Wilkerson vs. Turner - the wheels of justice

Issues in the Wilkerson & Turner Cases, Politicus #1,073.
 A common extortionist vs. The Hustler

I do not agree with the defenders of former Senator Diane Wilkerson's, including the ever-earnest former Gov. Michael Dukakis, that her good works mitigated her confessed crimes. I regard her as a common extortionist whose sentence should only have been lengthened by her former status as a legislator.

Former Boston City Councilor Chuck Turner is more of a hustler -- a racial hustler and a general one -- whose utterances over 40 years have served his purposes with incidental connection to fact. In his political career, which came late in life, he does not seem to have been the active solicitor Ms. Wilkerson was. But if he let his palm be greased, as he is convicted of doing, it probably was not the only time.

That is how I see it, but defenders will have have the continuing opportunity to make the case that one or both of them did more good than harm in public life. Perhaps more importantly, both will have the opportunity to redeem their reputations in how they live the rest of their lives after they get out of prison. One thinks of John Profumo -- who lied to the British House of Commons about a sordid sex-and-Soviet-spy scandal -- yet was later honored by the Queen for 40 years of subsequent work with the poor in East London

Nonetheless, there was, I think, something disturbing about the way prosecutors dealt with both defendants after the determination of their guilt and prior to their respective sentencing. In Ms. Wilkerson's case, federal prosecutors had agreed to drop some two dozen other bribery charges in return for her guilty plea on eight counts; and for a recommendation of a four-year sentence, as against the 20 years she might have faced had she gone to trial and been convicted on all counts.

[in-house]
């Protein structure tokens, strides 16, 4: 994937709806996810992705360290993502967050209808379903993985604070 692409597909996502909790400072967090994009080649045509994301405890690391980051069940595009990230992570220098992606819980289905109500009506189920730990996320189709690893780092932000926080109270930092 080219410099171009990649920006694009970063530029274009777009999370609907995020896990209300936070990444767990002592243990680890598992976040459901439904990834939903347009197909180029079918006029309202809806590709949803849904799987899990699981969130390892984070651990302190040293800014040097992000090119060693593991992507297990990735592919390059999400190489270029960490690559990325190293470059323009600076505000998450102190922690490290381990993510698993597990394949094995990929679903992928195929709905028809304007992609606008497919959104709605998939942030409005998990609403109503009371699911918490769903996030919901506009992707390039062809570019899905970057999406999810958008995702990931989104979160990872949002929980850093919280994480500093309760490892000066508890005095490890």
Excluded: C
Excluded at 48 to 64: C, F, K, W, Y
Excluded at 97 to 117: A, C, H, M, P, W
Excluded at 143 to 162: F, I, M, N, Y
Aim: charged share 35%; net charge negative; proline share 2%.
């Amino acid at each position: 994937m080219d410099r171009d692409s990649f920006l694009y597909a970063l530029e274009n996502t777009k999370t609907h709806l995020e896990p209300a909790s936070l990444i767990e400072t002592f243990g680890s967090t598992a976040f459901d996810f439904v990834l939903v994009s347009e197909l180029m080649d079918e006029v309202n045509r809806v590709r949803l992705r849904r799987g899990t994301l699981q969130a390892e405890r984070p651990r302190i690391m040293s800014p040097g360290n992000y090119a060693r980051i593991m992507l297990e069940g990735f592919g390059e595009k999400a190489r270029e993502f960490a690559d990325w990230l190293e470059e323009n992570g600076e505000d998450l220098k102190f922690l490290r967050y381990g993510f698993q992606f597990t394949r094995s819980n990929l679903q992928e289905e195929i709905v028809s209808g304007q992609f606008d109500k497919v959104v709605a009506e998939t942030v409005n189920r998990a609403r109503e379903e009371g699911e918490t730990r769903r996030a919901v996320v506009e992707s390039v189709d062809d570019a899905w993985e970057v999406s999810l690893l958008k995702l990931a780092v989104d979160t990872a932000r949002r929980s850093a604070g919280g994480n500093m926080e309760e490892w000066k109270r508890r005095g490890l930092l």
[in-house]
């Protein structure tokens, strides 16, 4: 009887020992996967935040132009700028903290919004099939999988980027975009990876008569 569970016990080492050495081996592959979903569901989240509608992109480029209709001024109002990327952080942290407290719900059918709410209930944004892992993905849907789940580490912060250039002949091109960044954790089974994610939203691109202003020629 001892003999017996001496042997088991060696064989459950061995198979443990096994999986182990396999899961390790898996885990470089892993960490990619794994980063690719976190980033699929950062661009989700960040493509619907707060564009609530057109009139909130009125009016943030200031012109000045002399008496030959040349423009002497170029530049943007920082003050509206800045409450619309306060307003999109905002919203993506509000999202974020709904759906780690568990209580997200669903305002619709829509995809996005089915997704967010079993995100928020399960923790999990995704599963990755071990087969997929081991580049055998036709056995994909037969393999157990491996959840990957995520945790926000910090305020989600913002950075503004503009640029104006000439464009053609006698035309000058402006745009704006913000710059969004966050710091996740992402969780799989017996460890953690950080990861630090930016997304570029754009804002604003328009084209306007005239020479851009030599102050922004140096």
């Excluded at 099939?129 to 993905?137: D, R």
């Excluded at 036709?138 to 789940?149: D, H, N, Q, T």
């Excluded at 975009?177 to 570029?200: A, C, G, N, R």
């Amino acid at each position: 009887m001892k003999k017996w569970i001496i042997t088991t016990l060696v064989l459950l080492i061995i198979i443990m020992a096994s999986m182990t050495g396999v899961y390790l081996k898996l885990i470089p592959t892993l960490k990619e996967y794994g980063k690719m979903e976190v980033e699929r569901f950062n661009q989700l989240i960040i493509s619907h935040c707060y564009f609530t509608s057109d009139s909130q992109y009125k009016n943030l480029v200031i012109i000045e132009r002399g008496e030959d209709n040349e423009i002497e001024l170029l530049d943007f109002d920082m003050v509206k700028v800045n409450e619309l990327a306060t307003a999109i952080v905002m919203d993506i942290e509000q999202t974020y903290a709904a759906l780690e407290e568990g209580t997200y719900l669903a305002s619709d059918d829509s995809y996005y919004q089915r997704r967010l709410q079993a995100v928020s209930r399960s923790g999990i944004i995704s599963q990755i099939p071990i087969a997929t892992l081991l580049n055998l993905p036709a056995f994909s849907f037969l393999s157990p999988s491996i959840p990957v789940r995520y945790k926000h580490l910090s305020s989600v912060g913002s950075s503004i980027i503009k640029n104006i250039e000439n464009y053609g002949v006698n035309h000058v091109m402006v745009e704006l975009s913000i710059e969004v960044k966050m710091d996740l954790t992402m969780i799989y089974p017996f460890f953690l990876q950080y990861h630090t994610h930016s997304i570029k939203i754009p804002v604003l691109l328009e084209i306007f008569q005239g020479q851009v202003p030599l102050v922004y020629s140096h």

In the lead-up to Ms. Wilkerson's sentencing her defenders, including the former governor, made arguments for probation or a short jail-sentence by trying to focus on the totality of her service, rather than the totality of her betrayal. This may be called sophistry but cannot be called a violation of the norms of advocacy or of the adversarial practice of law.

Prosecutors, on the other hand, used the charges they had willingly dropped in the plea-bargain to assert that Ms. Wilkerson should serve the maximum of four years. They argued she was actually guilty of the dropped charges -- charges for which they had presented no sworn evidence and for which she had not been convicted. By hearsay they reintroduced the charges.

U.S. District Court Judge Douglas Woodlock sentenced Ms. Wilkerson to 42 months - seven-eighths of the bargained maximum. We do not know if he was influenced by "hearsay." One suspects he recognized a common extortionist for what she was.

In the Turner case, prosecutors argued that the defendant's testimony at trial had been "perjury," and that his public rants, often disparaging them, had been false. The jury obviously did not believe Mr. Turner's testimony that he didn't know what, if anything, his interlocutor had put into his hand. But, again, prosecutors used a crime for which the defendant was never charged as evidence that he deserved to be locked up for longer than might be called for by the crime for which he had been convicted. In this case, Judge Woodlock (who presided in both trials) seemed to accept prosecutors' assertion of lying under oath, and sentenced Mr. Turner to three years on the one count of bribery.